Coeliac testing in pharmacies not reliable
22 September 2015
The Australian Medical Association (AMA) has issued a warning to consumers to avoid in-pharmacy tests for coeliac disease, or risk being misdiagnosed.
Several major Australian pharmacy chains are offering the $45 finger-prick test, claiming accurate results within 10 minutes.
But the AMA says the tests are dangerous and unreliable.
NSW president Dr Saxon Smith, who himself suffers from coeliac disease, warns of high rates of false positive and false negative results with the in-pharmacy tests.
"Coeliac disease is a notoriously difficult to diagnose illness and can only be definitively diagnosed by a small bowel biopsy performed by a doctor," he says.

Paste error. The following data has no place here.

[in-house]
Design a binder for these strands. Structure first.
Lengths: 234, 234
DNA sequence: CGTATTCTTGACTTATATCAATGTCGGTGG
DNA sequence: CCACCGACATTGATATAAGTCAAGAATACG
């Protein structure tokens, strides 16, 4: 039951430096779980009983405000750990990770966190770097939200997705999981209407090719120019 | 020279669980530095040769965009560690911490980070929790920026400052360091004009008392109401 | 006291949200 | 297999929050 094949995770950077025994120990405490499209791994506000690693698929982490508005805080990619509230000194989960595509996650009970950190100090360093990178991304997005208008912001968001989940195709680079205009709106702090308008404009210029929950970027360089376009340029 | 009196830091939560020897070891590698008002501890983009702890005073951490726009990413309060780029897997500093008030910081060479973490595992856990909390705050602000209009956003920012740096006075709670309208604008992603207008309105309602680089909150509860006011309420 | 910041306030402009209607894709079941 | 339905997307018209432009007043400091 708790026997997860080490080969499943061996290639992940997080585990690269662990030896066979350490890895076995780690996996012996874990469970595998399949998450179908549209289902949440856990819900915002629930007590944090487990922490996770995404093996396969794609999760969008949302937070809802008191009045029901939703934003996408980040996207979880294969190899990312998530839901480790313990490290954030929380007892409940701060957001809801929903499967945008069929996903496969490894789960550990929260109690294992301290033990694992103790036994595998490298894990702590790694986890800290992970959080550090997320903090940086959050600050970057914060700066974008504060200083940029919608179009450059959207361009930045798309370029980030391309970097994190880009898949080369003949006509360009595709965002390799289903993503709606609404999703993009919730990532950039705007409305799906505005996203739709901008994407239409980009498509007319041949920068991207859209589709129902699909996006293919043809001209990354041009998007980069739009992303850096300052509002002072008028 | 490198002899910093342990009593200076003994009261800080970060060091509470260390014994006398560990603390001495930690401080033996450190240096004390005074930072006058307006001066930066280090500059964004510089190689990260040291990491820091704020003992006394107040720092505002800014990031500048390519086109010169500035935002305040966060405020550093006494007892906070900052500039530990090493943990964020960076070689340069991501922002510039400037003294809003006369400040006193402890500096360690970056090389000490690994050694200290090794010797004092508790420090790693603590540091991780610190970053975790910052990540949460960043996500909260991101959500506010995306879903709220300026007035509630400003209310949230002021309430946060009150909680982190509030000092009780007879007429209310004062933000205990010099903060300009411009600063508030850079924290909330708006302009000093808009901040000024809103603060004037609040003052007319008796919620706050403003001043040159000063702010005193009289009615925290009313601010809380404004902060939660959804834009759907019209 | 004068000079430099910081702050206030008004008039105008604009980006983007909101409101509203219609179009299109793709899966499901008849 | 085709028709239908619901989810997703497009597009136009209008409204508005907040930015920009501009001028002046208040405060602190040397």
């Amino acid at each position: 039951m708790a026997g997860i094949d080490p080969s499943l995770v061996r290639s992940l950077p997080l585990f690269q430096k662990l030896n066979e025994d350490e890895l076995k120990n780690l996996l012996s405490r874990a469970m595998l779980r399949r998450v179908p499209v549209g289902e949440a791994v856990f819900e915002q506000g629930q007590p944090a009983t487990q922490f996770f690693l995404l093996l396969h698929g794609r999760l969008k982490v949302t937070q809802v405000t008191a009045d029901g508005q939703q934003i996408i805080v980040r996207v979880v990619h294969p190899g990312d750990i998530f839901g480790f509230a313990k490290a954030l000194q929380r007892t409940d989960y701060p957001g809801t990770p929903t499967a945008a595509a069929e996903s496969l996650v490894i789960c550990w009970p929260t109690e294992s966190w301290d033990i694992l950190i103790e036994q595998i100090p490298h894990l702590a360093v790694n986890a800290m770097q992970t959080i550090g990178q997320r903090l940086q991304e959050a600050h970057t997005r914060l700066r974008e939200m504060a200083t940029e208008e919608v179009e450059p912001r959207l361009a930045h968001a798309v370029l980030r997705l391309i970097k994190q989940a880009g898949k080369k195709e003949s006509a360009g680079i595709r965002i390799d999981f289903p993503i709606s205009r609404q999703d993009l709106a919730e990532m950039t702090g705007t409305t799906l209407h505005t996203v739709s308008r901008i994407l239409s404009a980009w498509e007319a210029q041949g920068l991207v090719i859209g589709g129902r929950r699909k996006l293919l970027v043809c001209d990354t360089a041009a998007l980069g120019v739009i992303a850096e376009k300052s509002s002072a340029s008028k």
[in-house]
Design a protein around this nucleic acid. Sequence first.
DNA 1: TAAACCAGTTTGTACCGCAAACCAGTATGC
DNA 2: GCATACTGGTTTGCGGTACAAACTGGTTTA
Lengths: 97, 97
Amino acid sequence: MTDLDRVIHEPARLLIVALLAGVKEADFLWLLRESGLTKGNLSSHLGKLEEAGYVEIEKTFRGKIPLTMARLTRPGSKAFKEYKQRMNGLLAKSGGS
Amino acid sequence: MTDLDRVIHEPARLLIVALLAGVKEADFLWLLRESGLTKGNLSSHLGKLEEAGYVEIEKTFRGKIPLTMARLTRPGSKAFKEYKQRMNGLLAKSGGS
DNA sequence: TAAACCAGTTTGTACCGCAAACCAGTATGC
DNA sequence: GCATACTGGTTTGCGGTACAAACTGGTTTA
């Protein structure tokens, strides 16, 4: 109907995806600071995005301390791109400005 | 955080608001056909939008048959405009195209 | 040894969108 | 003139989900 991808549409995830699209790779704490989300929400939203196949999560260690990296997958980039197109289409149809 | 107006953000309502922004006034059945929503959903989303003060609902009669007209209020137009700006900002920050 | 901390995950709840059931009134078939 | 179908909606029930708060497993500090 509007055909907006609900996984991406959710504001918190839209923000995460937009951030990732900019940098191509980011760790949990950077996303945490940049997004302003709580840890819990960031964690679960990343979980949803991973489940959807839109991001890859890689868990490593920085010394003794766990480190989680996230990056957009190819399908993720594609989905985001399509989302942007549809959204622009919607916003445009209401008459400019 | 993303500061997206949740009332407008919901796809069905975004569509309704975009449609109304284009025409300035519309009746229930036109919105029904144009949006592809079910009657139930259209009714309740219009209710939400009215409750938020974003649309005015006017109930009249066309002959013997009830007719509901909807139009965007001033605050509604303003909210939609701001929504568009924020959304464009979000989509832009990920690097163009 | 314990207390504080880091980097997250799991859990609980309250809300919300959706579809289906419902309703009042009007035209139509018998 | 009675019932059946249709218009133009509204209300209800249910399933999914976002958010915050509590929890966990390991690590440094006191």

The AMA’s concerns have been backed by Coeliac Australia, who say false positive results occur in up to 10% of these coeliac tests, with false negatives reported in 15–20%.
Gastroenterologists have also expressed their concern about the tests that are currently being rolled out across the country in Amcal and Guardian pharmacies.
However, Amcal, one of the pharmacy groups offering the test, has defended its offering. In a statement from parent company Sigma this week, it says the coeliac test is not a diagnosis, but a risk assessment designed to motivate patients to have a “fact-based discussion with their GP”.